Watch the Altered Stormy 2 online guitar lesson by Chris Buono from Juiced Blues

** Take Note: As stated, this solo contains all the juice we've reveled in throughout Juiced Blues. Since the Altered Stormy solo contains primarily concepts that have been already explored in full neck vision the Power Tab and PDF charts will only display the fingerings for the specific areas where each lick idea was played. As seen in previous Part 2 charts, you can find these fingerings in the Vision section, now named Solo Vision, right under the Solo section. Also, be aware that these ideas are set to the key signature of the chord they're being played over. This enables you to best see the alterations that are resultant of the superimpositions, albeit Power Tab generates a G# instead of Ab in the measure where the Bb Lydian Dominant scale is displayed.

As you look closely into the Altered Stormy solo you may find yourself pondering whether or not the licks could have originated from other elements. For instance, Altered Stormy kicks off with some vintage Juiced Blues in the form of superimposed min7b5 arpeggios from C# and F# to color the A7 and D7 chords in bars 1 and 2 respectively. If you're more of a horizontal player, these two particular licks could easily be thought of as being sifted from an A major blues vision. The fact is juicing your blues doesn't always mean you have to sound like your juicing your blues. These concepts were designed to afford you options outside the realm of major/minor pentatonic and blues scale approaches so you can, well, juice things up a bit. But in order to do right by what it is you're playing over, these new tools have to have the core ingredients that make it all come together. Think about it: Nearly every idea here in Juiced Blues had the vitals of a dom7 chord--the 3rd and b7th. And when they didn't, such as some of the superimposed modal pentatonic scales, traditional phrasing was employed. In the end, this is the blues, right?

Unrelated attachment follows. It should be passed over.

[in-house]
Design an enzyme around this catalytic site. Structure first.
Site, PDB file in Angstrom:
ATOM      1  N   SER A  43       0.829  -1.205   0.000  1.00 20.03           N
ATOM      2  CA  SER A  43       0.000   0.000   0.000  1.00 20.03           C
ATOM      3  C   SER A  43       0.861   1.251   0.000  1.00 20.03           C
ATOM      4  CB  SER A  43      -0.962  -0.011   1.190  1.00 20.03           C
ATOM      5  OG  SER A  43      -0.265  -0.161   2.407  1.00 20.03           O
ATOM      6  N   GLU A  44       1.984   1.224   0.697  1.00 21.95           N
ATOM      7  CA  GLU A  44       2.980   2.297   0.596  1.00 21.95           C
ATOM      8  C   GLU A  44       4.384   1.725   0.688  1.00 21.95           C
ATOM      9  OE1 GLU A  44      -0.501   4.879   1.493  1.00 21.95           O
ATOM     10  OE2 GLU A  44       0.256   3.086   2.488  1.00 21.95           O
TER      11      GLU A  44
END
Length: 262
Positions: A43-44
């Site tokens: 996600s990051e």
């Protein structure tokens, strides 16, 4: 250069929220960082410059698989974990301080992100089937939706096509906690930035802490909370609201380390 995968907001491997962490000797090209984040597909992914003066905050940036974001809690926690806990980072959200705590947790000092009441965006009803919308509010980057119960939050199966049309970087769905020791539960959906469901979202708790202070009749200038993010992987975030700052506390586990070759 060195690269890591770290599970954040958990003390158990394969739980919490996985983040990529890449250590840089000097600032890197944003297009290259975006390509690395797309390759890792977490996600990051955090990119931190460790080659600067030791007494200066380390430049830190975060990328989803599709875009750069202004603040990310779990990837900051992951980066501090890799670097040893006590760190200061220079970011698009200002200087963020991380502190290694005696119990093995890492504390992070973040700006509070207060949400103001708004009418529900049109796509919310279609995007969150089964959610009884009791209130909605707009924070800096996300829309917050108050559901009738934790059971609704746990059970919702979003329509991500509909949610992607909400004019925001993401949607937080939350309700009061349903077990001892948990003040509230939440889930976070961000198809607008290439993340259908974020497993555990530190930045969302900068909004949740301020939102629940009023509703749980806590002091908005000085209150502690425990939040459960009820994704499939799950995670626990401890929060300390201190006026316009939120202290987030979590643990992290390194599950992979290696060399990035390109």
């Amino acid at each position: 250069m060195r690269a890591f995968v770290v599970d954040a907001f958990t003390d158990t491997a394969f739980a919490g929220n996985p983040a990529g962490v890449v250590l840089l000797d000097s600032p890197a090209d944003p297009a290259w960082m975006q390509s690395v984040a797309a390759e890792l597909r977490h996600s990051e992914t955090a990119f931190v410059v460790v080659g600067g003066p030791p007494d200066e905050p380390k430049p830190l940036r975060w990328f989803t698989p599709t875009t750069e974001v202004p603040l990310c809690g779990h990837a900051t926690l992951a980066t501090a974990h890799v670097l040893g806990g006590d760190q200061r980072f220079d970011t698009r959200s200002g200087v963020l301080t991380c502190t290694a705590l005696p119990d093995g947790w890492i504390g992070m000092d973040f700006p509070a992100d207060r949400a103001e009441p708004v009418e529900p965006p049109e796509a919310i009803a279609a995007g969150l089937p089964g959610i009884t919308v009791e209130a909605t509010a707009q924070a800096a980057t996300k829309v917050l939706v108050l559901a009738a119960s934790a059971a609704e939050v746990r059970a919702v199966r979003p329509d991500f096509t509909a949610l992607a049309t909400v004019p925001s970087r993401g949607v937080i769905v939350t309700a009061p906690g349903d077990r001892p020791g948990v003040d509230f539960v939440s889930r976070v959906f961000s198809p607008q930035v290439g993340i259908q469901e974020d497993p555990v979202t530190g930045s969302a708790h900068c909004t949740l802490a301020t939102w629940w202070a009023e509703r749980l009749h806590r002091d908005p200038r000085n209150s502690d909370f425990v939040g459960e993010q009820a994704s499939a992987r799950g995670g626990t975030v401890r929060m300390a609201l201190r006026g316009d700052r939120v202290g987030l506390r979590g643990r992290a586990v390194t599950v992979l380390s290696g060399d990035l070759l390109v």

In bar 5, the D7 gets a dose of our newfound friend the symmetrical diminished scale. In case you missed the microscopic probe into this 8-tone scale in Blues For Symmy, the scale is broken down once more here in this video segment. In case you haven't noticed--I do love that scale! Following that run is a new way to utilize dim7 arpeggios where you play one a half step above the dom7 chord you're soloing over. For example, though the harmony is actually an Ebdim7 chord, the intention is a D7 (this will be crystal clear in a second). Examining the chord tones of an Ebdim7 arp you'll find Eb, Gb, Bbb, and Dbb. While that may look about as related to D7 as a slice of bologna does, with a little enharmonic juggling things will become a little more clear. Try this: Eb, F#, A, C. See it now? It's a D7 arpeggio with the root raised a half step giving you a b9 sound. This is a great tension device without getting too outside and is not hard to wrap your ears around. In fact, you've been hearing it used by just about anybody who plays the blues. About that harmony quandary mentioned above: That's precisely what the Ebdim7 or any #ivdim7 for that matter is--a IV7 chord with b9 in the root. Now you know!

Another new concept is something I call 'melodic contrary motion' where the lines that are being played go in the opposite direction that the harmony is going. This can be seen in bars 7 and 8 where after the initial A7 on the downbeat of bar 7 happens for two beats a succession of min7 chords follows for two beats a piece. They are Bm7 to finish off bar 7, then C#m7 at the downbeat of bar 8 followed by Cm7 for the second half of the measure (remember, they're two beats a piece; half notes). For the Bm7 a 9th position F# minor pentatonic from the 5th degree scale is played and from there you move down to a 6th position G# minor pentatonic from the b3rd degree contrary to the C#m chord you're playing over that goes up. This is followed by a horizontal approach to G minor pentatonic that again ascends up the neck as the harmony, Cm7, moves down. This is a great way to avoid your lines sounding predictable by always following the direction of the chords. It also forces you to think differently and therefore will help inspire you to come up with fresh, juicy ideas--and that's what Juiced Blues is all about!

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